In 2011, the legendary investor Warren Buffett caused a stir by announcing Berkshire Hathaway’s first major investment in a technology company, an area of the market he had always avoided, claiming that he didn’t understand it.
This approach accorded well with his advice that investors should always stick to investing within their so-called “circle of competence”. Most sensible investors would agree with this idea; after all, who would embrace a strategy of investing in companies or assets you don’t understand? In my experience, however, many investors still fail to realise how narrow their circle of competence is.
Buffett’s purchase was over $10bn of stock in technology company IBM, making it Berkshire’s second-largest portfolio investment after Coca-Colaand turning Berkshire into IBM’s largest shareholder.
Since his purchase, IBM has reported falling revenues. The fourth quarter of 2013 was the seventh in a row in which revenues were lower than they had been in the equivalent quarter the year before. The chief executive and other senior executives have volunteered to forego their bonuses for 2013 as a result of this poor performance. As the Lex column of the FT said recently, “IBM quarterly results practically write themselves now: dreadful revenue growth accompanied by cost controls, share buybacks and dividends that combine to make the technology legend look somewhat less bad than the top line would suggest”.
It so happens that I was looking at IBM at about the same time as Warren Buffett was accumulating his stake, but I decided to avoid it. Why?
A couple of features about IBM unsettled me. One was that they had announced a “road map” to generate growth in earnings per share (EPS) to $20 by 2015, up from $11.50 in 2010. I do not like management that uses terms such as “road map” unless they are discussing driving cars. “Plan” is a perfectly good word.
I also dislike the focus on EPS. Not all earnings are created equal. Some require greater or lesser amounts of capital to generate them and not all are delivered in cash. This should come as no surprise to Mr Buffett, who identified return on capital as the primary test of company performance in his 1979 annual chairman’s letter. Much EPS growth is generated at the expense of return on capital and so destroys value.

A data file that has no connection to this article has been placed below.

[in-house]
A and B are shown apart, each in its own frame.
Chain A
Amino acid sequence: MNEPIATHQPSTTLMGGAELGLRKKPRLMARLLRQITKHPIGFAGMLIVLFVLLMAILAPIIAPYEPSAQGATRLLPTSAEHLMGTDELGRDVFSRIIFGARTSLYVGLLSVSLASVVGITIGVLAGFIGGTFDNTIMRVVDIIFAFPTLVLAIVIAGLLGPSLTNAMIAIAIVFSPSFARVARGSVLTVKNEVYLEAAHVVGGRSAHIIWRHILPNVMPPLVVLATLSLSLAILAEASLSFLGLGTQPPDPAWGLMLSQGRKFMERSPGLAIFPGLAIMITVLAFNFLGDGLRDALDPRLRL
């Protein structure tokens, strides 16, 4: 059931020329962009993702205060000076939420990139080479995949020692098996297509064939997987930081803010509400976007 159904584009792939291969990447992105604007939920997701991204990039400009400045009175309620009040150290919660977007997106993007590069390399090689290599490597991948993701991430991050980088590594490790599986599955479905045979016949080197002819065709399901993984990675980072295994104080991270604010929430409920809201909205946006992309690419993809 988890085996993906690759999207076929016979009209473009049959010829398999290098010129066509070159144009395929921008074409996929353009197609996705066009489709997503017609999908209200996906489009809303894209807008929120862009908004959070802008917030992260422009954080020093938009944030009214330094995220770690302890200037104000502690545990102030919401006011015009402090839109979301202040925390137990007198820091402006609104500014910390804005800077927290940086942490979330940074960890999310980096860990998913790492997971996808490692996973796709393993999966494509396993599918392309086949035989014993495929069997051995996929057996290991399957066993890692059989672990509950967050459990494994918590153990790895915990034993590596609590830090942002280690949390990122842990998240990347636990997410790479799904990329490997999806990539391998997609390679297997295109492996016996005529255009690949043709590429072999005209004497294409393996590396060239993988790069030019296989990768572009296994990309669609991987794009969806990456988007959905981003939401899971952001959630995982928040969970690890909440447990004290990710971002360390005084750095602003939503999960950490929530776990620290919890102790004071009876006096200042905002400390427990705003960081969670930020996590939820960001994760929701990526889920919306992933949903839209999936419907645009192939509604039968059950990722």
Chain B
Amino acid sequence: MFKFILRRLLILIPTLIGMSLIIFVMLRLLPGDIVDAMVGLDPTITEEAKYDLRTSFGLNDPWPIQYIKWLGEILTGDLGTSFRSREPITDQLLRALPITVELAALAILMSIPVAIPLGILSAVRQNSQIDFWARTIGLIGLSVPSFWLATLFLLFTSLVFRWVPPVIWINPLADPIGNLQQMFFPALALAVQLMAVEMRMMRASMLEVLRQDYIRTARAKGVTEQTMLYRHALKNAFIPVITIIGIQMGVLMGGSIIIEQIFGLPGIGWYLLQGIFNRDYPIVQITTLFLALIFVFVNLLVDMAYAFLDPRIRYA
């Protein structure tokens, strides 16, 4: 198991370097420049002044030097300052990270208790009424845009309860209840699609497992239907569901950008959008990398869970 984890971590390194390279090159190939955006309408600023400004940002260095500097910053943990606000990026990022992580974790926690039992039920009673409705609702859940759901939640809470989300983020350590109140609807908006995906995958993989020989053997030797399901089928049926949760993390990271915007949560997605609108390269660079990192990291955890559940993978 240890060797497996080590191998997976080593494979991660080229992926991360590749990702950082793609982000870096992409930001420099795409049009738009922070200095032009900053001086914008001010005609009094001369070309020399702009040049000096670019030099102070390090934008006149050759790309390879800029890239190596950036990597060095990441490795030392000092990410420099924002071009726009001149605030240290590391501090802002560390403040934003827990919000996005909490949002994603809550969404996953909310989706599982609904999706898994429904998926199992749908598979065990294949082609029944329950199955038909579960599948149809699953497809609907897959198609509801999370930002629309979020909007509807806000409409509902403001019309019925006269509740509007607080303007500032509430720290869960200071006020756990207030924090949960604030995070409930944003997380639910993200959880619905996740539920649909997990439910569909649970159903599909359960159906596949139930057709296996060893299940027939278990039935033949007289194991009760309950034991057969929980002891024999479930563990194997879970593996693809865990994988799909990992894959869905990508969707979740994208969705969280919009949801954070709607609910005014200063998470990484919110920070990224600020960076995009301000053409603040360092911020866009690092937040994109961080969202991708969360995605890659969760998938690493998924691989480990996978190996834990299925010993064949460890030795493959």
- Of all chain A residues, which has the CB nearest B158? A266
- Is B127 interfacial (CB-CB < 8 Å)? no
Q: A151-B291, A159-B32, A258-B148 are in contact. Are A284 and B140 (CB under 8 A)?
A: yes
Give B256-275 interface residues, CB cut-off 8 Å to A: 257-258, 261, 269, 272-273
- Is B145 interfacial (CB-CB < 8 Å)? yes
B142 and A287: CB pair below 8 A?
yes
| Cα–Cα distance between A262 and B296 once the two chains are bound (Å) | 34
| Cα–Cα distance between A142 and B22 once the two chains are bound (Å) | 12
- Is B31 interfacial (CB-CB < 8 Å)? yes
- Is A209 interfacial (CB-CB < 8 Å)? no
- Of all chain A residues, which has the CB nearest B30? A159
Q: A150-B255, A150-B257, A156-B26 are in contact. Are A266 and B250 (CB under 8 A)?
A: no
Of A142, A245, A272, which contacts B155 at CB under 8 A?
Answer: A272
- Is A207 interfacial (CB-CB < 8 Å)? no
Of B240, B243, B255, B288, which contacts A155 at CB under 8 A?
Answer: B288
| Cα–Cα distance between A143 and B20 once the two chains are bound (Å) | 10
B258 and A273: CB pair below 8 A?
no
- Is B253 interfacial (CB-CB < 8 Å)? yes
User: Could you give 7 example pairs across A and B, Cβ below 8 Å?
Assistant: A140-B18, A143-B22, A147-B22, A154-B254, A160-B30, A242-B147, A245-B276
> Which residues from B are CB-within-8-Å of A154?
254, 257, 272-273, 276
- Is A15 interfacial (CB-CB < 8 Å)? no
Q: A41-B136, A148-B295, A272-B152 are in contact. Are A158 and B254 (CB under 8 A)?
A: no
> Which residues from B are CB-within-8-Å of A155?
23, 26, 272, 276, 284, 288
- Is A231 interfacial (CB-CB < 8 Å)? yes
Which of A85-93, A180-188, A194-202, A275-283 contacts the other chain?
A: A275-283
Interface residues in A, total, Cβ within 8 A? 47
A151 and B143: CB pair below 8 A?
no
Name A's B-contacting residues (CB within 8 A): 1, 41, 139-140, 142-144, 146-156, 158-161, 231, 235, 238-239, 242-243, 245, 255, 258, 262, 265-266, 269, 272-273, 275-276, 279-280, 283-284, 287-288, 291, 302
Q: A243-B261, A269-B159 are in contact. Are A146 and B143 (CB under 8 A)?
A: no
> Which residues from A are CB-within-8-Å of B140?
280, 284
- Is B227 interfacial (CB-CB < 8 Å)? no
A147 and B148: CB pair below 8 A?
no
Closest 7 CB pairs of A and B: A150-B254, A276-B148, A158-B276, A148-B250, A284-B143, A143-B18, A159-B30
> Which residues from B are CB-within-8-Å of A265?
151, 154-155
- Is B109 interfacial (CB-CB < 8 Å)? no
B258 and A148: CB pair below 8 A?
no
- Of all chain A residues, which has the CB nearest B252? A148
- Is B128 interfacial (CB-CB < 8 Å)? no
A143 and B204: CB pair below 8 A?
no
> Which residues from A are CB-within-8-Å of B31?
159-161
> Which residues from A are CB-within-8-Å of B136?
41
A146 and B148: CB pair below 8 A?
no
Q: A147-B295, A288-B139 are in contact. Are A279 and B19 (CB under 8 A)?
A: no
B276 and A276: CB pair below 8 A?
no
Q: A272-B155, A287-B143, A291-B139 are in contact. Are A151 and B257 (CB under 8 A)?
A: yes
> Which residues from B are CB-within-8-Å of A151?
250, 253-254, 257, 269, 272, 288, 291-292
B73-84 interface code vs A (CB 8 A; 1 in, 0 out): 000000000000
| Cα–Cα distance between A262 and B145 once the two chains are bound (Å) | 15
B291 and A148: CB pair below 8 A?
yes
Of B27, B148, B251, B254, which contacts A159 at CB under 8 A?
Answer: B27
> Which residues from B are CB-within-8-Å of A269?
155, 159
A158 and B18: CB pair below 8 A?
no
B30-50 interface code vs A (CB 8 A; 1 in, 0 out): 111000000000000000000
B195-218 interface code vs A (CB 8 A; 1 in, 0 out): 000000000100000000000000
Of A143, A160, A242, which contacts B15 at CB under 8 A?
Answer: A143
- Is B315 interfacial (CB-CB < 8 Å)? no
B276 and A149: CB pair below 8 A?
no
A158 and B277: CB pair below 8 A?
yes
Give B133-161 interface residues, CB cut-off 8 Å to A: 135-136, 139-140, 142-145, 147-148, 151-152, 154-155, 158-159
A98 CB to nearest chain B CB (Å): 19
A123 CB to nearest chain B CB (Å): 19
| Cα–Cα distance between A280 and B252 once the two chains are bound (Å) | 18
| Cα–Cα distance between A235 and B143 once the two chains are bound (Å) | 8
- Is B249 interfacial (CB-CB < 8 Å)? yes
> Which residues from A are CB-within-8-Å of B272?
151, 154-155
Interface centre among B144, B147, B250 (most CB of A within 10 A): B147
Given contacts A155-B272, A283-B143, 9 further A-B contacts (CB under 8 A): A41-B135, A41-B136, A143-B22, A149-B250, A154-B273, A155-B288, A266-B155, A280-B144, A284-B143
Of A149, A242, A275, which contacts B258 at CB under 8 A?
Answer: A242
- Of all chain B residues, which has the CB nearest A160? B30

But if the focus on EPS growth was worrying, the planned means of achieving this identified in the “road map” was even more troubling: roughly 40 per cent revenue growth, including acquisitions, 30 per cent operating leverage and 30 per cent share buybacks.
Revenue growth is a higher quality source of value creation than share buybacks or cost control (which is what I take it IBM means by “operating leverage”), provided it is not achieved at the expense of returns. I am wary of revenue growth achieved through acquisitions, the majority of which do not create value. However, there is at least no limit to revenue growth, while cost-cutting and buybacks are both finite.
Moreover, although some buybacks create value for shareholders, many do not and are executed seemingly irrespective of the valuation of the shares. A company cannot create value for remaining shareholders if it pays more for the shares it buys than their intrinsic value, but many companies (and investors) are fooled by the familiar boast that buybacks are accretive to EPS. In an age where the alternative use of cash often generates little income because interest rates are close to zero, almost any alternative is accretive to EPS, but it does not necessarily create value.
I found a five-year plan for significant share buybacks particularly disturbing. How can the management possibly know whether the shares will trade sufficiently below intrinsic value to create value enhancing buyback opportunities on such a scale and so far ahead?
One other feature of IBM struck me in 2010 when my Fundsmith colleagues and I were reading the company’s 2009 annual report. We noticed that it had a $1.9bn error in its cash flow statement. We rang IBM to check that we were not misinterpreting it, and they confirmed we were correct and that we were the only people who had asked about it.
Maybe others had discovered it and didn’t bother to call, but I suspect the reality is that very few investors or analysts read annual reports and 10k filings any more. The error was corrected in the 2010 annual report and did not materially affect my view of IBM, but it certainly affected my view of those who were analysing it.
Click here to view the article on FT.com